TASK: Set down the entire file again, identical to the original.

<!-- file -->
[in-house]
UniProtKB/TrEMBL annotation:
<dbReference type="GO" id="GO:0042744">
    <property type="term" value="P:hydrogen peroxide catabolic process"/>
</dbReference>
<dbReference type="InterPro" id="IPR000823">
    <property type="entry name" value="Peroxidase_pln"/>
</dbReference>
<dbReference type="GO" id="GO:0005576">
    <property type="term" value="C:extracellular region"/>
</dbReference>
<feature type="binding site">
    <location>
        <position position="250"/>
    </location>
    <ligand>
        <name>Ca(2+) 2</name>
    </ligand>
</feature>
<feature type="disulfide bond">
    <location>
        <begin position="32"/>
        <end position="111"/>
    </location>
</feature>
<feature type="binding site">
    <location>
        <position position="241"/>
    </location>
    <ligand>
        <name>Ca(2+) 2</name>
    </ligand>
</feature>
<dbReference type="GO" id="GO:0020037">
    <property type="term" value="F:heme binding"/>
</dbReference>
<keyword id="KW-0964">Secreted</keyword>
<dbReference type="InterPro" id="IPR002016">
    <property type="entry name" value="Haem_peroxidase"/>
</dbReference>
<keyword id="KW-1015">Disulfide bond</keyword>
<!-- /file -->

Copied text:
[in-house]
UniProtKB/TrEMBL annotation:
<dbReference type="GO" id="GO:0042744">
    <property type="term" value="P:hydrogen peroxide catabolic process"/>
</dbReference>
<dbReference type="InterPro" id="IPR000823">
    <property type="entry name" value="Peroxidase_pln"/>
</dbReference>
<dbReference type="GO" id="GO:0005576">
    <property type="term" value="C:extracellular region"/>
</dbReference>
<feature type="binding site">
    <location>
        <position position="250"/>
    </location>
    <ligand>
        <name>Ca(2+) 2</name>
    </ligand>
</feature>
<feature type="disulfide bond">
    <location>
        <begin position="32"/>
        <end position="111"/>
    </location>
</feature>
<feature type="binding site">
    <location>
        <position position="241"/>
    </location>
    <ligand>
        <name>Ca(2+) 2</name>
    </ligand>
</feature>
<dbReference type="GO" id="GO:0020037">
    <property type="term" value="F:heme binding"/>
</dbReference>
<keyword id="KW-0964">Secreted</keyword>
<dbReference type="InterPro" id="IPR002016">
    <property type="entry name" value="Haem_peroxidase"/>
</dbReference>
<keyword id="KW-1015">Disulfide bond</keyword>